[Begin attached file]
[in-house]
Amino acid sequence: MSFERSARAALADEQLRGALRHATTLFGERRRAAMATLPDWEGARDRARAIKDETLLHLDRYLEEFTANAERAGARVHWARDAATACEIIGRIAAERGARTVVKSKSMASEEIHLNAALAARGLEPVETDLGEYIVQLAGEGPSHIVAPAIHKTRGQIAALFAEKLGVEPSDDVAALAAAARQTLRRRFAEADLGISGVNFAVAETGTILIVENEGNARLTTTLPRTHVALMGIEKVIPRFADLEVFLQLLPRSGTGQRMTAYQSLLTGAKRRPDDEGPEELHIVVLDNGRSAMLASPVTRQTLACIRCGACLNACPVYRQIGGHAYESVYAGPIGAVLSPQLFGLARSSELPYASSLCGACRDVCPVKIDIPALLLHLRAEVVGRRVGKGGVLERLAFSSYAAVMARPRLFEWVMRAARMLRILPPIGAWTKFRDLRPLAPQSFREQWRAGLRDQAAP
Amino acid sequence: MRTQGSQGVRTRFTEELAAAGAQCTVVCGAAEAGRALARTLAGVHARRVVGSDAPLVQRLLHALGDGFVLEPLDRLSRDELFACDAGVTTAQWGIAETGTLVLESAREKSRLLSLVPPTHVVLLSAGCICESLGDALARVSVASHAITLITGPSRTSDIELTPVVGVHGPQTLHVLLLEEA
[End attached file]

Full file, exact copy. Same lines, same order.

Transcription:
[in-house]
Amino acid sequence: MSFERSARAALADEQLRGALRHATTLFGERRRAAMATLPDWEGARDRARAIKDETLLHLDRYLEEFTANAERAGARVHWARDAATACEIIGRIAAERGARTVVKSKSMASEEIHLNAALAARGLEPVETDLGEYIVQLAGEGPSHIVAPAIHKTRGQIAALFAEKLGVEPSDDVAALAAAARQTLRRRFAEADLGISGVNFAVAETGTILIVENEGNARLTTTLPRTHVALMGIEKVIPRFADLEVFLQLLPRSGTGQRMTAYQSLLTGAKRRPDDEGPEELHIVVLDNGRSAMLASPVTRQTLACIRCGACLNACPVYRQIGGHAYESVYAGPIGAVLSPQLFGLARSSELPYASSLCGACRDVCPVKIDIPALLLHLRAEVVGRRVGKGGVLERLAFSSYAAVMARPRLFEWVMRAARMLRILPPIGAWTKFRDLRPLAPQSFREQWRAGLRDQAAP
Amino acid sequence: MRTQGSQGVRTRFTEELAAAGAQCTVVCGAAEAGRALARTLAGVHARRVVGSDAPLVQRLLHALGDGFVLEPLDRLSRDELFACDAGVTTAQWGIAETGTLVLESAREKSRLLSLVPPTHVVLLSAGCICESLGDALARVSVASHAITLITGPSRTSDIELTPVVGVHGPQTLHVLLLEEA